Wendy C. Ortiz’s Resistance Reading

Authors pick books that bring solace and understanding in an age of rancor.


We asked a range of authors and creative types to name books that bring solace or understanding in this age of rancor. More than two dozen responded. Here are picks from the critically acclaimed memoirist Wendy C. Ortiz.

Latest book: Bruja
Also known for: Excavation: A Memoir
Reading recommendations: Handwriting, by Michael Ondaatje, lives in the drawer of my night table—it’s my antidote to despair of all kinds. The fragmentary nature and white space allow for breaths. I’ve memorized lines from this book over the years and consider it an influence on my prose, poetry, and my psyche.

The Man Without a Face: The Unlikely Rise of Vladimir Putin, by Masha Gessen: I’m currently inhaling Gessen’s work, having begun with The Brothers: The Road to an American Tragedy. The current political climate has awakened the dormant political-economy student in me—in 1993 this student only had books, but in 2017 she has Twitter, e-books, and close friends who are trained as historians and journalists. The Man Without a Face is an absolutely chilling and a foreboding playbook for the destruction of democracy and its ideals, making it required reading for everyone in this country who values democracy.

Illustration by Allegra Lockstadt
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The complete series: Daniel Alarcón, Kwame Alexander, Margaret Atwood, W. Kamau Bell, Ana Castillo, Jeff Chang, T Cooper, Michael Eric Dyson, Dave Eggers, Reza Farazmand, William Gibson, Mohsin Hamid, Piper Kerman, Phil Klay, Alex Kotlowitz, Bill McKibbenRabbi Jack Moline, Siddhartha Mukherjee, Peggy Orenstein, Wendy C. Ortiz, Darryl Pinckney, Joe Romm, Karen Russell, George Saunders, Tracy K. Smith, Ayelet WaldmanJesmyn Ward, and Gene Luen Yang.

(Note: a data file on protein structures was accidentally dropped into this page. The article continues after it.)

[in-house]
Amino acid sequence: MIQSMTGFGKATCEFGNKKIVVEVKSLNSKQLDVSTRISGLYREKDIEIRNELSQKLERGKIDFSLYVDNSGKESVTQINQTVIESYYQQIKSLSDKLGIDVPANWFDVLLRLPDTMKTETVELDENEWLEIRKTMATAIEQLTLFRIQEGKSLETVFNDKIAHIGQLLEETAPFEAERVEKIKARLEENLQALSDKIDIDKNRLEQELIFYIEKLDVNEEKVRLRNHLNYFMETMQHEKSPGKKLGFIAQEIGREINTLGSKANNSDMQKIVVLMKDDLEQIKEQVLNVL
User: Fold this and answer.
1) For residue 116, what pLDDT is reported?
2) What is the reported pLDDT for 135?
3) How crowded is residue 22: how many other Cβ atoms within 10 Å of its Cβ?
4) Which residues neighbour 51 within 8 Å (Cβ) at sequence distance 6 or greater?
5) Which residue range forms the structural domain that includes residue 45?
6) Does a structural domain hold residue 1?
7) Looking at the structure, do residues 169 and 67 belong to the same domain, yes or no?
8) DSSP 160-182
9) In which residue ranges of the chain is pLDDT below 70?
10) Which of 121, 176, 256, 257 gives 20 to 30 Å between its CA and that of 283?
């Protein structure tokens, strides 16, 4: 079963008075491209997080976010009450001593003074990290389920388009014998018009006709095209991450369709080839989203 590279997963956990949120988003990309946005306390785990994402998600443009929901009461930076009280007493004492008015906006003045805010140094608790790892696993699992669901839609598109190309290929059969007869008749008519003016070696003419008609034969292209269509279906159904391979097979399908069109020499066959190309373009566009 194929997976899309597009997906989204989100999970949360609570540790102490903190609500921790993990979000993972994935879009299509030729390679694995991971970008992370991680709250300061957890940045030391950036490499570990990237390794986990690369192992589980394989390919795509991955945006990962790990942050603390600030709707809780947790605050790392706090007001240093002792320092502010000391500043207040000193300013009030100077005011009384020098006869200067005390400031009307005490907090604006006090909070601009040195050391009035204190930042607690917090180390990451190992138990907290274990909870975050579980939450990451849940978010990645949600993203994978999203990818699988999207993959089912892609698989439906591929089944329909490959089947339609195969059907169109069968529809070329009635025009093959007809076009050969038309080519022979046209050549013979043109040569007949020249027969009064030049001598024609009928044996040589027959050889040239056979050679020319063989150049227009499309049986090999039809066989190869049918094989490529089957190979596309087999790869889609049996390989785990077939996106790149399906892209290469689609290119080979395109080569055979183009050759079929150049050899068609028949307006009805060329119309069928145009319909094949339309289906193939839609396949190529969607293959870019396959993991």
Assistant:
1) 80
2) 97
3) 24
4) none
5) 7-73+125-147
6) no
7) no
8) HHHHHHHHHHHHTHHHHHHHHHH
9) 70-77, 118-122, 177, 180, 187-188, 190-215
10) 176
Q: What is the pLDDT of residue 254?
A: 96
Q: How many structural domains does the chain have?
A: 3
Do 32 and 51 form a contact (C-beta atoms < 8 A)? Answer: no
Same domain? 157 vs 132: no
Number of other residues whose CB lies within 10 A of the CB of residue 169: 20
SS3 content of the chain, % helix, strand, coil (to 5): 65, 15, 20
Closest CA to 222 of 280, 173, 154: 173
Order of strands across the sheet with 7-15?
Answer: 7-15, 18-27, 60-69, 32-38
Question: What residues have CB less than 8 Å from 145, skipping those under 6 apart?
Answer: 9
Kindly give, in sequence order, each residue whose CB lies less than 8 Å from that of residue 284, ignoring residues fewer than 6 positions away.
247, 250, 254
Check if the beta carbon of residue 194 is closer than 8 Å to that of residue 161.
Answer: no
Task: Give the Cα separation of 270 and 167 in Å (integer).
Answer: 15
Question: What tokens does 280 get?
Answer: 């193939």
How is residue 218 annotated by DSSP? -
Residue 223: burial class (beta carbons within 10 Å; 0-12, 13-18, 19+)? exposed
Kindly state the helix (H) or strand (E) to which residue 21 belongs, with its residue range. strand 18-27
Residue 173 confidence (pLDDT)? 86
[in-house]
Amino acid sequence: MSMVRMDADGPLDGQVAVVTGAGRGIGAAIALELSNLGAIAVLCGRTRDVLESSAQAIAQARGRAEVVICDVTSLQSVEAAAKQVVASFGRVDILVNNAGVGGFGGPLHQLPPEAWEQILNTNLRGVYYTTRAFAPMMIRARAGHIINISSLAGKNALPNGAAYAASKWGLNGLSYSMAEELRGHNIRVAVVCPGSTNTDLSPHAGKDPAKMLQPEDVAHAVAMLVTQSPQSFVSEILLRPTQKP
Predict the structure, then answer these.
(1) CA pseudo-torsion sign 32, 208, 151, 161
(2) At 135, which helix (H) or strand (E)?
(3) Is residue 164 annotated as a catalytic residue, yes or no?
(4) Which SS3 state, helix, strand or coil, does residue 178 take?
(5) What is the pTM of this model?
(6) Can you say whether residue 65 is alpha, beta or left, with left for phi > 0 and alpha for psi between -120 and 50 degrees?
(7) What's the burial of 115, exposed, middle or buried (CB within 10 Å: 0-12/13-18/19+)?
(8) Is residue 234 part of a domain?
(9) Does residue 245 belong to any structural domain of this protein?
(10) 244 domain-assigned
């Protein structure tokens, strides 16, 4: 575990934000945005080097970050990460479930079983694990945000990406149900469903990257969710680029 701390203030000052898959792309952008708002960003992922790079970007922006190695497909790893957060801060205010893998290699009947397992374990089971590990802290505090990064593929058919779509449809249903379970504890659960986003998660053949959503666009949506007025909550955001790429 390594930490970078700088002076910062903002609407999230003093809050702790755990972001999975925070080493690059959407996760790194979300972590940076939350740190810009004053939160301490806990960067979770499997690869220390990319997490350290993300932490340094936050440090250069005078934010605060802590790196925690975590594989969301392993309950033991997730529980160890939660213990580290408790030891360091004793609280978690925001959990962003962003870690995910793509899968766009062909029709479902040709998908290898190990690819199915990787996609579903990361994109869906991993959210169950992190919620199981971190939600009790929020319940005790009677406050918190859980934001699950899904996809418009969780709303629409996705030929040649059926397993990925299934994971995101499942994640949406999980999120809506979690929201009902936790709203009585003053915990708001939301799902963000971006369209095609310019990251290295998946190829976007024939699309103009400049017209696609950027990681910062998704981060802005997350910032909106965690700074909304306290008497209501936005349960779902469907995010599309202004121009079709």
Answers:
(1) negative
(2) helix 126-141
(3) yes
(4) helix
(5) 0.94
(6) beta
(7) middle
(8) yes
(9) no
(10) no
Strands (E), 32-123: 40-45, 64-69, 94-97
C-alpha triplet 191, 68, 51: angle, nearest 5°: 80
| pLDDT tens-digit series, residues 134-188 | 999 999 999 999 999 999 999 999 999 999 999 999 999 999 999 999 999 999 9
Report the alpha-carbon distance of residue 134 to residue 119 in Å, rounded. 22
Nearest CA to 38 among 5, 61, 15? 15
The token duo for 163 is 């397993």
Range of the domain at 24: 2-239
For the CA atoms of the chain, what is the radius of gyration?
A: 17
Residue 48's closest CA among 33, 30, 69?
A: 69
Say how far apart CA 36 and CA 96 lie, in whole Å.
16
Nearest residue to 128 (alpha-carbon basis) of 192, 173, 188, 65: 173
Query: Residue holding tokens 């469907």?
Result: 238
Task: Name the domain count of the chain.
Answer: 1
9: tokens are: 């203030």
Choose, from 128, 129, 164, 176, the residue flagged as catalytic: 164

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DEMOCRACY DOES NOT EXIST...

without free and fair elections, a vigorous free press, and engaged citizens to reclaim power from those who abuse it.

In this election year unlike any other—against a backdrop of a pandemic, an economic crisis, racial reckoning, and so much daily crazy—Mother Jones' journalism is driven by one simple question: Will America move closer to, or further from, justice and equity in the years to come?

If you're able to, please join us in this mission with a donation today. Our reporting right now is focused on voting rights and election security, corruption, disinformation, racial and gender equity, and the climate crisis. We can’t do it without the support of readers like you, and we need to give it everything we've got between now and November. Thank you.

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